Applications for Jobless Benefits Falls Slightly, Manufacturing Slows
The number of Americans filing new applications for jobless benefits fell slightly, and manufacturing in the Philadelphia region decreased, pointing to a weakening economy.
In the week ending June 16, the Labor Department reported that initial claims for unemployment benefits fell 2,000, to a seasonally adjusted 387,00 from the previous week’s revised figure of 389,000.
The four-week moving average for new claims, considered a better measure of labor market trends, increased 3,500 to 386,250, from last week’s revised average of 382,750. This is the highest level since December 2010.
The advance seasonally adjusted insured unemployment rate was 2.6 percent for the week ending June 9, unchanged from the prior week’s unrevised rate.
In a separate report, the Labor Department said US payrolls increased by 69,000 in May, the slowest pace in a year and showing little improvement since January. The jobless rate remains at 8.2 percent.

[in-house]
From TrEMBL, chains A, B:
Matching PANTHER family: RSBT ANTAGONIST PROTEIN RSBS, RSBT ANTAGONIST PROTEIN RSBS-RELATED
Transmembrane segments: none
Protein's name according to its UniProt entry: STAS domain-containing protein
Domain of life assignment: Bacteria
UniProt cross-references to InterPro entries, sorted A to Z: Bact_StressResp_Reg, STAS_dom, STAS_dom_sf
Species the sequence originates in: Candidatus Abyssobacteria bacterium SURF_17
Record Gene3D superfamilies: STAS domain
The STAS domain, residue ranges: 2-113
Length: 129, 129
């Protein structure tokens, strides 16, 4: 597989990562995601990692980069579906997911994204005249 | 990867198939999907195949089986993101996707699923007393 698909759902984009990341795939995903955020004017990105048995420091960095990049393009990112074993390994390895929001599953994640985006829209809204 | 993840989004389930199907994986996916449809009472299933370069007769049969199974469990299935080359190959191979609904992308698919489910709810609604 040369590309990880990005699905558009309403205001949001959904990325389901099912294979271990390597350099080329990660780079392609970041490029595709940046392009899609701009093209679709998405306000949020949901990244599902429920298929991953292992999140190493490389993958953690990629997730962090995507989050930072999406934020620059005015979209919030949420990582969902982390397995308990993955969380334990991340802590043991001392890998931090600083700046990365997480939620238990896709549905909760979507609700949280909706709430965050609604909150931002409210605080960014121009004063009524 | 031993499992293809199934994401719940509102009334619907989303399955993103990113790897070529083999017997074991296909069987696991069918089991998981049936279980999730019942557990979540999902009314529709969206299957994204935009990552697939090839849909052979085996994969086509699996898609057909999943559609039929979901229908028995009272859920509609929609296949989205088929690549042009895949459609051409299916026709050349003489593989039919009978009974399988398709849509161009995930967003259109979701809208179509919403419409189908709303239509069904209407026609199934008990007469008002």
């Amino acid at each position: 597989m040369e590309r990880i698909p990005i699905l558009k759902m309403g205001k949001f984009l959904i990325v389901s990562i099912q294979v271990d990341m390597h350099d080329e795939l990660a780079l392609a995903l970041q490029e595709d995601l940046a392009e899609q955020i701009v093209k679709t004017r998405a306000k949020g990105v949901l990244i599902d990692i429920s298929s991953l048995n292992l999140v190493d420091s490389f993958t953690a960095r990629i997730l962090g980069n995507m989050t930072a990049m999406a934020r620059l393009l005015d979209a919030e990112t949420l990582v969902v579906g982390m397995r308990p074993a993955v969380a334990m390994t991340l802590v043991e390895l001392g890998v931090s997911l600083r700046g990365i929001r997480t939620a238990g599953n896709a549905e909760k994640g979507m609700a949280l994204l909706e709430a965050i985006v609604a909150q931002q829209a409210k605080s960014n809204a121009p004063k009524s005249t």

In an article published by Bloomberg, former Federal Reserve chairman Alan Greenspan said the U.S. economy “looks very sluggish.”
In a television interview on Bloomberg Surveillance with Bloomberg’s Tom Keene, Greenspan also said he sees “global slack” in the economy.
The Fed yesterday downgraded their forecasts for growth and employment while noting “significant downside risks” to the economy remain, reported Bloomberg.com.
“It looks very sluggish to me,” Greenspan said when asked about the U.S. expansion. “We have a two-stage economy in this country” he said, referring to his recent writings.
Greenspan said a little over 90 percent of the US gross domestic product comes from producing assets with a life expectancy of less than 20 years – that part of the economy is “doing reasonably well.” The other approximately 8 percent, mainly the output of structures including single-family residences, is “down 50 percent.”